NOTE: This settlement order shows that descriptions of fund investment practices continue to be scrutinized by the SEC staff and can serve as a potential source of liability to investment advisers and other parties. It is critical for funds and investment advisers to have compliance policies and procedures that identify and test whether a fund’s investment practices are consistent with the fund’s disclosures. Relatedly, legal and compliance personnel must endeavor to make sure that the descriptions of the fund’s investment practices in its prospectus and marketing materials are accurate and remain current.

Active Non- and Semi-Transparent ETFs Feature Prominently at Inside ETFs 2020

The active non- and semi-transparent ETF models recently approved by the SEC, and the implications of those approvals for active asset managers considering entering the ETF market, were a major topic of discussion at January’s Inside ETFs 2020 conference, the world’s largest ETF conference. Ropes & Gray Boston partner Brian McCabe, speaking on a panel entitled “A Transparent Look at Non-Transparent ETFs,” discussed some of the differences between the various non- and semi-transparent ETF models, and the potential opportunities such models offer for investors and active asset managers. Other major themes of the conference included ETFs that employ ESG (environmental, social and governance) strategies, disruptive technology and innovation by smaller issuers and the potential challenges and opportunities associated with converting traditional open-end funds into ETFs.

REGULATORY PRIORITIES CORNER

The following brief updates exemplify trends and areas of current focus of relevant regulatory authorities:

OCIE Publishes 2020 Examination Priorities

On January 7, 2020, the SEC’s Office of Compliance Inspections and Examinations (“OCIE”) published its 2020 Examination Priorities for fiscal year 2020. OCIE noted that many of the priorities identified in the publication “are perennial risk areas OCIE routinely covers in its examinations” and, among the priorities relevant to the mutual fund/investment management industry, identified the following topics:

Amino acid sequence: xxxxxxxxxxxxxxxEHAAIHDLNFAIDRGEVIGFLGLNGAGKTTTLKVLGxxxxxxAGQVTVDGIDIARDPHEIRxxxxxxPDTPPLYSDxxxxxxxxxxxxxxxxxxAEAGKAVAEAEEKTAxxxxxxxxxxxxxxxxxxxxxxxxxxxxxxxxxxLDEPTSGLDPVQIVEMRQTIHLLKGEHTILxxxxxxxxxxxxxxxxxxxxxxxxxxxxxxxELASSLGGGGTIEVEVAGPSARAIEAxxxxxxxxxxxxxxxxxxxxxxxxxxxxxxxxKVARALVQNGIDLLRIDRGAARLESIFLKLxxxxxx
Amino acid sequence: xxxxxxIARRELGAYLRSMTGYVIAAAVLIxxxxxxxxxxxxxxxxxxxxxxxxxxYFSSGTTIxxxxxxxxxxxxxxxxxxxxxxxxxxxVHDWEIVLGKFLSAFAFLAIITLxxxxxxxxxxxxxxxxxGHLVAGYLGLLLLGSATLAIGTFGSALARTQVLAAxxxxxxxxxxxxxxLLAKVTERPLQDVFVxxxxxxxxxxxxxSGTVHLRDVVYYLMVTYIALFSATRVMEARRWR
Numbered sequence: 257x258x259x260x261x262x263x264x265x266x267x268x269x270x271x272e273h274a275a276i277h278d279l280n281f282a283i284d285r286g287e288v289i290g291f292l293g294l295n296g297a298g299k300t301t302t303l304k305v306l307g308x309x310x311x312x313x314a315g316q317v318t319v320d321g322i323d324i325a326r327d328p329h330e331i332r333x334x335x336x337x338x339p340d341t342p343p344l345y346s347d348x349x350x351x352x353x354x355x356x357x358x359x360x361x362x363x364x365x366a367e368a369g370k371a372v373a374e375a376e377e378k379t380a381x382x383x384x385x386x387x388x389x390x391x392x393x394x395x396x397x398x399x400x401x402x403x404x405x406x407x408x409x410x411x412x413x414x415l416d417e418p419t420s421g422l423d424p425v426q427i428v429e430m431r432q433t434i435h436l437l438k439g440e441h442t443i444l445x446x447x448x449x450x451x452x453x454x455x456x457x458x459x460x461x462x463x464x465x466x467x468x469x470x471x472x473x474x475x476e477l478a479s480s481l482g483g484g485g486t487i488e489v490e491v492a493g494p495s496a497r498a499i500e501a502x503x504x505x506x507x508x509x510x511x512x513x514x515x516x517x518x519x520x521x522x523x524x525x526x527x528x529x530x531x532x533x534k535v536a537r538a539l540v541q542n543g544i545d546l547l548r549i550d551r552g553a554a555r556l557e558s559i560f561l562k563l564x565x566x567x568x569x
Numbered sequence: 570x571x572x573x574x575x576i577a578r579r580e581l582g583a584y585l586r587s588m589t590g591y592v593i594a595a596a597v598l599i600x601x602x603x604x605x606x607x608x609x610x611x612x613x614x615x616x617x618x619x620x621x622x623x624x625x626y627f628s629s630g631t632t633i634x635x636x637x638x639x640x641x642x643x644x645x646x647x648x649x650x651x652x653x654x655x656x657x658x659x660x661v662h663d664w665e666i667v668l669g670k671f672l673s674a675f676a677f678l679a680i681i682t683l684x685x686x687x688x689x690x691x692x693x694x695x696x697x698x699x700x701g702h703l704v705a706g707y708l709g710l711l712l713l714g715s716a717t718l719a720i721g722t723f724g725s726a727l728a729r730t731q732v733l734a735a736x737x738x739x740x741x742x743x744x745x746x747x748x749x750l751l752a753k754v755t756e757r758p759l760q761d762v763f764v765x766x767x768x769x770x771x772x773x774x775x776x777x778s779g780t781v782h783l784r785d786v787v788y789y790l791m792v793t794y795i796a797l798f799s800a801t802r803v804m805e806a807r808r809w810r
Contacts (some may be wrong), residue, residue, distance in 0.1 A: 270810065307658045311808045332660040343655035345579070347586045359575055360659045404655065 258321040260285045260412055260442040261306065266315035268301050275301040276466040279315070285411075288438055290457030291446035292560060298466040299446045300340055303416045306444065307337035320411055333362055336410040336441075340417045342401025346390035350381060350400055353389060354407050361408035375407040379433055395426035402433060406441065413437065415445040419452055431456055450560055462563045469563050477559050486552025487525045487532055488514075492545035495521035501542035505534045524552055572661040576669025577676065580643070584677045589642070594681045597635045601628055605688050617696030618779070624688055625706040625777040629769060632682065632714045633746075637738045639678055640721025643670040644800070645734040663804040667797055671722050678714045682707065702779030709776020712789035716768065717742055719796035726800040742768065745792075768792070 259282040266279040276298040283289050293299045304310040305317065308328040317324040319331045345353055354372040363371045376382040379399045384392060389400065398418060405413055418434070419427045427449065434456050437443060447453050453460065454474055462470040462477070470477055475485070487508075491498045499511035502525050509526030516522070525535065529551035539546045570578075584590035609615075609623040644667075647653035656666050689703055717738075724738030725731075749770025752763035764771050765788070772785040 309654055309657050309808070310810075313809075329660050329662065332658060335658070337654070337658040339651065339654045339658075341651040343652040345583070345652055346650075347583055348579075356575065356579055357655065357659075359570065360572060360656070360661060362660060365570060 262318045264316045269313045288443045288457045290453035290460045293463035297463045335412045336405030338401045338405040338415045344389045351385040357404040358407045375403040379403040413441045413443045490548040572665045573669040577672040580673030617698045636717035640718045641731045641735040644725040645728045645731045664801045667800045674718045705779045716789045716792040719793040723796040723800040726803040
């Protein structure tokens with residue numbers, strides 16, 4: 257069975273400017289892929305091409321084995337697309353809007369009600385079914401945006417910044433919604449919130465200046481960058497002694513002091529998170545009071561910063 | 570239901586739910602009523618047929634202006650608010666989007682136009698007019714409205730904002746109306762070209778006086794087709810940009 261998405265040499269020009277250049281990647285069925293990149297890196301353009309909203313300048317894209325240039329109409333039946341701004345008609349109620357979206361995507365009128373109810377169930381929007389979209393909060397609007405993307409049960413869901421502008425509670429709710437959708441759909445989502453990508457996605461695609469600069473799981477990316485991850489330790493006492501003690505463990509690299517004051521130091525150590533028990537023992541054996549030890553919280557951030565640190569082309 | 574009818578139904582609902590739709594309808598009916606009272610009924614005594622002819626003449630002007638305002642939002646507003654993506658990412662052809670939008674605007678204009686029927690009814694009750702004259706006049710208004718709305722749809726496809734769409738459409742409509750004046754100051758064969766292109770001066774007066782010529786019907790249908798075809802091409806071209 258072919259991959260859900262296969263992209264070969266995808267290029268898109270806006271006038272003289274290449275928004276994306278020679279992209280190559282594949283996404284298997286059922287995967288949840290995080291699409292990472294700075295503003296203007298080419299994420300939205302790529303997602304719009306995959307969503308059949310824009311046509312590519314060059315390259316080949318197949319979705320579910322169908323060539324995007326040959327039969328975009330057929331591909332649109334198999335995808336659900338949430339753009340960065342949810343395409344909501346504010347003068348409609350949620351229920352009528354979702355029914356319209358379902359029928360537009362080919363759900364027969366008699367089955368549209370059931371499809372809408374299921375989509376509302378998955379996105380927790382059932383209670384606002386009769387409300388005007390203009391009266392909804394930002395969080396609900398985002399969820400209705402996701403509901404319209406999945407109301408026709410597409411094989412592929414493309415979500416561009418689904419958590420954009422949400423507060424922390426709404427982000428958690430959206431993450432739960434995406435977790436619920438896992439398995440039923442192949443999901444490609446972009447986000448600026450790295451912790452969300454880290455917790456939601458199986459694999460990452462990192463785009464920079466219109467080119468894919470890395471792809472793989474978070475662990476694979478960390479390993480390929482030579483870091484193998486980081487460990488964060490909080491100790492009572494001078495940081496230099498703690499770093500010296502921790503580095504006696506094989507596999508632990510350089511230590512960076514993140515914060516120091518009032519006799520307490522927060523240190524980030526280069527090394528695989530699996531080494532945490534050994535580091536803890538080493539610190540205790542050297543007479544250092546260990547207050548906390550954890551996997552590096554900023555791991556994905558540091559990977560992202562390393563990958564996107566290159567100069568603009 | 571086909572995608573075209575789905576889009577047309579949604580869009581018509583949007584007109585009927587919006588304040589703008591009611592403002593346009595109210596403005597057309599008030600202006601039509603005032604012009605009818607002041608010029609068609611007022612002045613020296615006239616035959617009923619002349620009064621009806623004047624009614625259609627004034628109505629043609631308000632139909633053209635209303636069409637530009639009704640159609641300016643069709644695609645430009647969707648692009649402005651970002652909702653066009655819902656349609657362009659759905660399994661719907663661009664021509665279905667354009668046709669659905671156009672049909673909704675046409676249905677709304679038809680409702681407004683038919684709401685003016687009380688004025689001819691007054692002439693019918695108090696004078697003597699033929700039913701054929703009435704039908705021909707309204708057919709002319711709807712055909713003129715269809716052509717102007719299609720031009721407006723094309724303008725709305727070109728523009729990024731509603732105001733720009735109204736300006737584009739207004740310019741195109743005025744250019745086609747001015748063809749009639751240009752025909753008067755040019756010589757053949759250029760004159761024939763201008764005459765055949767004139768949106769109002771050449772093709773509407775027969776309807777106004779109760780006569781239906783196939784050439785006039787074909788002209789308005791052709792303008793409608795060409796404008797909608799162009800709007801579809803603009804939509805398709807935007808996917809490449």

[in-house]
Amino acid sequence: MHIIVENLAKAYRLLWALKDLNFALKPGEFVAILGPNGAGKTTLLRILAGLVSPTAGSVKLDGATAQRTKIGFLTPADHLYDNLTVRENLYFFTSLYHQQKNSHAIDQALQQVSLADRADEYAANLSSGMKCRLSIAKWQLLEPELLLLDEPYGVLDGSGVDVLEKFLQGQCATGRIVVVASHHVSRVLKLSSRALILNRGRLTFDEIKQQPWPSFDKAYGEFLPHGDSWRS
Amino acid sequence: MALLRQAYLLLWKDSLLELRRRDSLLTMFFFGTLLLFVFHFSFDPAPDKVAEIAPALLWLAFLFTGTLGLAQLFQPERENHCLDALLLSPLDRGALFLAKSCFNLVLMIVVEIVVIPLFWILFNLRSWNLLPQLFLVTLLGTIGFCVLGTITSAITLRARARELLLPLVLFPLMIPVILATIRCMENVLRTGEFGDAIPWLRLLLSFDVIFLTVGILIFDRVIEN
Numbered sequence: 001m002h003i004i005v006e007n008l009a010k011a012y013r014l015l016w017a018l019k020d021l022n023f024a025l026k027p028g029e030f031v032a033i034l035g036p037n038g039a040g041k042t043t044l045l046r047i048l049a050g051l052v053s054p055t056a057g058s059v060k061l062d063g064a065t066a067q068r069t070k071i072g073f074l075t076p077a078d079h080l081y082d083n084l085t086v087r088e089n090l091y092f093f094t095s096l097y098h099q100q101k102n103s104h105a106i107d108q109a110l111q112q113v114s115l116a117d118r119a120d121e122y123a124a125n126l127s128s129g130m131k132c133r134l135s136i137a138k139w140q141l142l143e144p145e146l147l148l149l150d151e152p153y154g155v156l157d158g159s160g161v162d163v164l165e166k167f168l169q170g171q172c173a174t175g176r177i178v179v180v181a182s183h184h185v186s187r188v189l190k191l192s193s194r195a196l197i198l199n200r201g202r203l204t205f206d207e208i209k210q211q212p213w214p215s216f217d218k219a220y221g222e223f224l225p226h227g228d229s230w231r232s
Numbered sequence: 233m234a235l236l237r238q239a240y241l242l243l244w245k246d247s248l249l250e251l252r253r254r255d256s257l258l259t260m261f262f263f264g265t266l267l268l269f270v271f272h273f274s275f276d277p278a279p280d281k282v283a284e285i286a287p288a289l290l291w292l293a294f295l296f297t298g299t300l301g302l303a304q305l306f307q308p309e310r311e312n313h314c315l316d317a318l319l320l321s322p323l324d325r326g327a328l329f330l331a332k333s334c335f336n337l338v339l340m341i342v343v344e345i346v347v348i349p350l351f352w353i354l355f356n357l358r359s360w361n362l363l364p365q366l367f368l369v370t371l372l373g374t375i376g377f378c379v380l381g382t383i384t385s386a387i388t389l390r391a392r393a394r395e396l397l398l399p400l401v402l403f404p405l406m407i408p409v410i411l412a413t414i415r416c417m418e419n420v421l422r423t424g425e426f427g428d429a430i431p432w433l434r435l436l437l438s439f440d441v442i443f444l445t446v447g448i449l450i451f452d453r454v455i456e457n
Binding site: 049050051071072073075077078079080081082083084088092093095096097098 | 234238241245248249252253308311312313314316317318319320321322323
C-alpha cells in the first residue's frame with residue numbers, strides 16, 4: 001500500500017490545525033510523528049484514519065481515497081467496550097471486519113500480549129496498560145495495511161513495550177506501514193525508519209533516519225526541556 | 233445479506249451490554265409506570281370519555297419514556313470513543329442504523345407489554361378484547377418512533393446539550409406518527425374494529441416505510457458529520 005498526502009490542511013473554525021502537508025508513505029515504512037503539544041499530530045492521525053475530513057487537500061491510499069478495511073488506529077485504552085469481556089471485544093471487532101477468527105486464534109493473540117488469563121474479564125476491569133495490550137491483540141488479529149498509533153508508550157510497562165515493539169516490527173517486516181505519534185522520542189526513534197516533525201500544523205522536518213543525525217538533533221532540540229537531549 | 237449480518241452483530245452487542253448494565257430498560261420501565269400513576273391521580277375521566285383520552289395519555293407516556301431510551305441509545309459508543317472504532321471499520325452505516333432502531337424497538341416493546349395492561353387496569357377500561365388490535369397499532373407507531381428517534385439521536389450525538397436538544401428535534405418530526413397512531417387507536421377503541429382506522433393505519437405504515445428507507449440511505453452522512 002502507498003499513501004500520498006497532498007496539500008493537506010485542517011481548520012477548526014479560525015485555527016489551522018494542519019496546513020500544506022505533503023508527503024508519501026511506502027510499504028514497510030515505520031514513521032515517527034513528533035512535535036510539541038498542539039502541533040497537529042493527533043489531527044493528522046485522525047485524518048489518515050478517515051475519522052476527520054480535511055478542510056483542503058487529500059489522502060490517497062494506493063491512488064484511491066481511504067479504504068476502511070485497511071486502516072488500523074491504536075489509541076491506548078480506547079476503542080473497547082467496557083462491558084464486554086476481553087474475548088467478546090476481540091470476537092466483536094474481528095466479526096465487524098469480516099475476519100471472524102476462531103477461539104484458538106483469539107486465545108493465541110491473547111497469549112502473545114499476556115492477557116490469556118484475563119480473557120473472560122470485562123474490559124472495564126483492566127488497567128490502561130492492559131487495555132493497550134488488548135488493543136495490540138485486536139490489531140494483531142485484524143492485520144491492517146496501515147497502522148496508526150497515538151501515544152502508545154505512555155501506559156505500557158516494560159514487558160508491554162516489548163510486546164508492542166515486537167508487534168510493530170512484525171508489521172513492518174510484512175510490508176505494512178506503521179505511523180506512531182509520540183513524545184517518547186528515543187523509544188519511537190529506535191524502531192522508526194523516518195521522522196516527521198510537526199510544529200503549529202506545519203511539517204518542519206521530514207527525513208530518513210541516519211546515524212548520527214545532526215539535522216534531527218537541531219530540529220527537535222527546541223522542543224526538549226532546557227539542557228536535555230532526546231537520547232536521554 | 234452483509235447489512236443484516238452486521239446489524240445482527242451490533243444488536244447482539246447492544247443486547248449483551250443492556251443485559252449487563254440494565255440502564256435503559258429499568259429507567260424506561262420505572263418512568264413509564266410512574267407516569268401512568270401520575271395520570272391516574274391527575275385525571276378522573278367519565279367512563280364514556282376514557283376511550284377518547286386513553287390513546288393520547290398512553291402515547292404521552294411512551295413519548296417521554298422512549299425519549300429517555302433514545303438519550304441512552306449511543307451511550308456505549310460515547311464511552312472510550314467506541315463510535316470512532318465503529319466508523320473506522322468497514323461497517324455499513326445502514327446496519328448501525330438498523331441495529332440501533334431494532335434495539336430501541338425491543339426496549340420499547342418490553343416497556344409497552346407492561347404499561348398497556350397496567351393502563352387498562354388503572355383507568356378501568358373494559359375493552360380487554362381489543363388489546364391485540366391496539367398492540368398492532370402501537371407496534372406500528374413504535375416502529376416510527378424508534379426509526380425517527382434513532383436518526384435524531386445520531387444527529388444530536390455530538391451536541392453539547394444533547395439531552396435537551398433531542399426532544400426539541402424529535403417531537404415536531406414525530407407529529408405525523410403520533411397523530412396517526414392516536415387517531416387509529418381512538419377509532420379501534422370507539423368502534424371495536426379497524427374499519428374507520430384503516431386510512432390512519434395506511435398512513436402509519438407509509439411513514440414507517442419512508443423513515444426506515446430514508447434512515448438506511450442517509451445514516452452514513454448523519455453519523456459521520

• Mutual Funds and ETFs. OCIE will prioritize examinations of mutual funds and ETFs, the activities of their registered investment advisers (“RIAs”) and oversight practices of their boards of directors. In particular, examinations will examine practices and compliance in various areas, including (i) RIAs that use third-party administrators to sponsor the mutual funds they advise or are affiliated with, (ii) mutual funds or ETFs that have not previously been examined and (iii) RIAs to private funds that also manage a registered investment company with a similar investment strategy.

NOTE: The focus on RIAs that rely on administrators to sponsor the mutual funds they advise or are affiliated with did not appear in OCIE’s 2019 examination priorities.

  • Retail-Targeted Investments. OCIE will continue to prioritize examination of the “financial incentives provided to financial services firms” that can influence the selection of mutual fund share classes. OCIE also will prioritize mutual fund fee discounts that investors should receive as a result of policies or disclosed breakpoints to confirm that the discounts are received by eligible investors.
  • RIA Compliance Programs. OCIE will continue to prioritize examinations of RIAs that are dually registered as, or are affiliated with, broker-dealers. In particular, OCIE will focus on whether the firms maintain effective compliance programs that address best execution, prohibited transactions, fiduciary advice and the appropriate disclosure of conflicts.
  • RIAs to Private Funds. OCIE will continue to focus on RIAs to private funds that have a greater impact on retail investors, including RIAs that provide side-by-side advice to both separately managed accounts and private funds.
  • Disclosure of New Strategies, Including ESG Strategies. OCIE will focus on the accuracy and adequacy of disclosures provided by RIAs offering new or emerging investment strategies, including strategies that focus on ESG criteria.

NOTE: OCIE’s focus on disclosure regarding new or emerging investment strategies is not surprising. This is consistent with the SEC’s settlement order with CCA described above. A new or emerging strategy may suggest that the fund’s sponsor sees a new opportunity and pursuing such an opportunity requires appropriate disclosure. Appropriate disclosure of novel investment strategies permits (i) investors to understand their investment, (ii) the SEC to better oversee the new or emerging strategy funds and (iii) investment advisers to reduce the probability of incurring liability.

OCIE Publishes Observations on Cybersecurity Practices

On January 27, 2020, OCIE published its ten-page Cybersecurity and Resiliency Observations based on “thousands of examinations of broker-dealers, investment advisers, clearing agencies, national securities exchanges and other SEC registrants.” Much like the eight Risk Alerts that OCIE has published concerning cybersecurity since 2012, Observations identifies a particular topic and offers related examples of commendable practices that OCIE observed in its examinations. While many of the themes in Observations are repetitive of prior guidance provided by the SEC, it is significant that OCIE is underscoring its focus in these areas. In the publication, OCIE summarizes commendable industry practices for managing cybersecurity risk and protecting operations in seven key areas: governance and risk management, access rights and controls, data loss prevention, mobile security, incident response and resiliency, vendor management, and training and awareness. The following is a summary of examples of OCIE’s observations in each of the seven areas: